How to Wire Your Electric Fan Controller

By January 1, 2014Electrical

There are a few ways to wire your new electric cooling fan depending on how much control you want over the engine temperature. Your kit most likely came with a controller specifically made for your fan and in Part 1, Install an Electric Fan for Increased Power and Cooling, we went over how to install the new fan and mount the controller nearby in the engine bay.

Now we’re going to wire it all up based on the typical controller that’s normally included. Performing the wiring on your new electric fan may sound like a daunting task, especially if you’ve never done any wiring, but, it’s not. We’re going to wire them so the fan turns off when the ignition is turned off. Remember to use heat shrink tubing for all your connections to protect them from environmental elements. With thinner wires (like fan motor wires), an additional tip is to strip an additional 1/8″ of insulation and fold them over to increase the thickness of the wire sliding into the butt connector.

Wiring the Controller

Electric Fan Controller Wiring Diagram

Photo credit: Flex-a-lite

For this tutorial, we’ll be using the controller that comes with the Flex-a-lite #185 fan as an example. Wire colors may vary depending on your specific kit. Some controllers like the one pictured above accept spade connectors at their terminals while others (as shown below) also have short wires coming out (pre-wired) where you have to use butt connectors to join wires.

The controller pictured below is an example of a controller that is both pre-wired and also accepts spade connectors. It is a variable speed controller by Flex-a-lite (VSC #31165).

Electric Fan Variable Speed Controller Wiring Diagram

Photo credit: Flex-a-lite

1. Connect the Fan Motor Power Leads to the Controller

Once you’ve mounted the controller and have the fan/shroud combination securely mounted, route the two motor power leads from the fan to the controller, leaving just a little slack to allow for motor/radiator movement. If your particular controller has short wires coming out of it rather than spade terminals, chances are you won’t have enough wire length to join the short wire coming out of the controller to meet the fan motor wire. If that’s the case you’ll have to splice in or butt connect an additional length of wire between the two.

Our example controller requires spade connectors on the wire endings that go into to the controller so you can cut the length you need. Follow the steps below to install spade connectors on the wires and connect them to the controller.

  • Strip the blue and black wires coming from the fan motor 1/4″ from their ends. Twist each of the wire ends tight and fold them over like we mentioned above to increase the thickness.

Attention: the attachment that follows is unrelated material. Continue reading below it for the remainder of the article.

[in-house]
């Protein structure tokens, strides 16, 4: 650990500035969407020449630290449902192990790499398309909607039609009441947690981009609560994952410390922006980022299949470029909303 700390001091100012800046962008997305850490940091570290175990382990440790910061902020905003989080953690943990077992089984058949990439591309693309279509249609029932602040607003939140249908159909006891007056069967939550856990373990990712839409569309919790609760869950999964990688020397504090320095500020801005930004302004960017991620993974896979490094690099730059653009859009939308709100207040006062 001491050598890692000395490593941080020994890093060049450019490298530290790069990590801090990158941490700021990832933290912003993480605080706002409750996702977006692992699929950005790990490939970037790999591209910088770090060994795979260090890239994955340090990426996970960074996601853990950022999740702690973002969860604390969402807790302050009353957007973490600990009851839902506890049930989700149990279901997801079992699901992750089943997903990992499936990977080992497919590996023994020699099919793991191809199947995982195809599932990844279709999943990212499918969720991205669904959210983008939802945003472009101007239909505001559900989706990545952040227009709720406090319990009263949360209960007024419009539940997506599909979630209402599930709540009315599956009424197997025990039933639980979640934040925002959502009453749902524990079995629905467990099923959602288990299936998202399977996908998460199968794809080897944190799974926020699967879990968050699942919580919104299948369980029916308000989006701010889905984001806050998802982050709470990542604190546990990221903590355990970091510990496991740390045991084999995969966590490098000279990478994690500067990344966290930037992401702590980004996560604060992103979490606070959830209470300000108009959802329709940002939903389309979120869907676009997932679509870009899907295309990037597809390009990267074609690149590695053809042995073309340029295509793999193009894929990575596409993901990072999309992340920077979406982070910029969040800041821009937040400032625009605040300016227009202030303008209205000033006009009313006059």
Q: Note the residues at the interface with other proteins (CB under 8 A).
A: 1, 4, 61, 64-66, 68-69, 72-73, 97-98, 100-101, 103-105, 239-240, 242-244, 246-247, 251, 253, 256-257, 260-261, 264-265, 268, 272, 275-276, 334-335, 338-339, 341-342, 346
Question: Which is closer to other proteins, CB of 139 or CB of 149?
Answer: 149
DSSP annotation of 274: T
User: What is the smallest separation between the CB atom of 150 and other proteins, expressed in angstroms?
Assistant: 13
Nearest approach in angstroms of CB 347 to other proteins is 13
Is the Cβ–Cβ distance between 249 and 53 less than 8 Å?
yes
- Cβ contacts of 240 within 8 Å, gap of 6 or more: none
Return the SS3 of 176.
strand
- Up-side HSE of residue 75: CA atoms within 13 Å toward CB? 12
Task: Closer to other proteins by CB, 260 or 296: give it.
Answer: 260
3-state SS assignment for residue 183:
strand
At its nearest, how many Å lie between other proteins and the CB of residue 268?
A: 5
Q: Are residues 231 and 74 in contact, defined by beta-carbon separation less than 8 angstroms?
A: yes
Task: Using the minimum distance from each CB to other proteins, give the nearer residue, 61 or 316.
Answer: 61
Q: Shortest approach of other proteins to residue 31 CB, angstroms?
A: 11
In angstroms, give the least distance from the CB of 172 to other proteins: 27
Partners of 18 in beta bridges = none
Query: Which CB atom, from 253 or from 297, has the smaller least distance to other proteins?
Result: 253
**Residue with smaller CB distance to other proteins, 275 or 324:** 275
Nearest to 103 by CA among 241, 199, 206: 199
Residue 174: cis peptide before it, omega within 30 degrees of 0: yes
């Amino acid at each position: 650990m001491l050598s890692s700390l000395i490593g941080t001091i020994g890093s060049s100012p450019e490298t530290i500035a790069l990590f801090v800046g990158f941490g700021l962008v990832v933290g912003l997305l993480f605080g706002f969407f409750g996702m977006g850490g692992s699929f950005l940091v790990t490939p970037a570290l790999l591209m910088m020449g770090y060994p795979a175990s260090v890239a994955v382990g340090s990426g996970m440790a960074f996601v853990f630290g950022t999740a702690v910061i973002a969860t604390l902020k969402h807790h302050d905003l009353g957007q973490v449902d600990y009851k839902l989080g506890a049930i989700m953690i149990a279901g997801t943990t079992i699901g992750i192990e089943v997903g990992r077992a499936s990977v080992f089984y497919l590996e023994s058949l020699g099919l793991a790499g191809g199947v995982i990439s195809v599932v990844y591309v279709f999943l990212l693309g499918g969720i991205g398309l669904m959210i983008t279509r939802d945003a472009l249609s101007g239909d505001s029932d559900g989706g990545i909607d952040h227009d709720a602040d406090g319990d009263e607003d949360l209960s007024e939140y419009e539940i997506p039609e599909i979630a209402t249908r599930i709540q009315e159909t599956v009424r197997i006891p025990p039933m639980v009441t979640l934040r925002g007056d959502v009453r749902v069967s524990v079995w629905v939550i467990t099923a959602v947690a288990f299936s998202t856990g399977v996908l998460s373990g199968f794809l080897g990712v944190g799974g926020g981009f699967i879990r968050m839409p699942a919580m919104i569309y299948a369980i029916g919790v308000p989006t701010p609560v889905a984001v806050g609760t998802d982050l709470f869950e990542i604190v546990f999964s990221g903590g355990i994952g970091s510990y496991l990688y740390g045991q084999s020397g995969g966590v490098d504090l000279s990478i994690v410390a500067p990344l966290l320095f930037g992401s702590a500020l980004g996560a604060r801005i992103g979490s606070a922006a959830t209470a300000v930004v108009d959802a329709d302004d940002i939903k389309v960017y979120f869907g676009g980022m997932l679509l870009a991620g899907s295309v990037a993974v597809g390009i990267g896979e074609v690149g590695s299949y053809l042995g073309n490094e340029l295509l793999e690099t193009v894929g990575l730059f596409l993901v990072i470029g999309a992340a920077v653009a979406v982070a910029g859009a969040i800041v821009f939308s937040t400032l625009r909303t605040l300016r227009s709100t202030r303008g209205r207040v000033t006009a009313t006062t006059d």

• Strip the 10-gauge black and red wires supplied with the kit, 1/4″ from one end. Twist the wire ends tight.
  • Crimp a butt connector to the blue fan motor wire, sliding the wire into the connector until the insulation contacts the metal inside the connector. Crimp the 10-gauge red wire into the other end of the butt connector making one long wire.
  • Do the same with the black wires.
  • Route the wires from the fan to the controller and cut them to the proper length.
  • Strip 3/8″ of the insulation from both the newly cut red and black wires and twist the ends.
  • Insert the red wire into a spade connector until the insulation contacts the metal insert. Crimp firmly but not enough to deform the connector. Alternatively, if your controller is already pre-wired, use a butt connector to join the red wire from the controller to the blue fan motor wire.
  • Do the same with the black wire.
  • If your controller accepts spade connectors, slide red and black wires with the spade connectors on them onto the correct spade lugs on the controller.

2. Connect Switching/Ignition Positive Power

This is the tricky part. Most of us don’t want the fans running our batteries down after the ignition is off, so we connect the switching power to a switched source. But where? That’s going to depend on the car, but for this tutorial, we’re going to use a switched accessory position on the fuse panel in the car, because it’s the easiest. On older cars, you can go directly to the starter solenoid.

  • Route a length of 16-gauge red wire from the controller to the fuse panel inside the car, tying it away from exhaust components and moving parts. Be sure to go through a hole in the bulkhead with a rubber grommet to prevent shorts.
  • Attach a spade connector to the controller side and connect it to the correct terminal.
  • Locate a fuse for a circuit you know is only powered when the engine is running, such as the ECU/TCU/Cruise Control/etc.
  • Remove the fuse, install the fuse piggyback, and reinstall the fuse.
  • Attach a spade connector to the end of the wire and connect it to the piggyback.

3. Connect Controller Power and Place the Temperature Probe

  • Remove the fuse from the power lead fuse holder.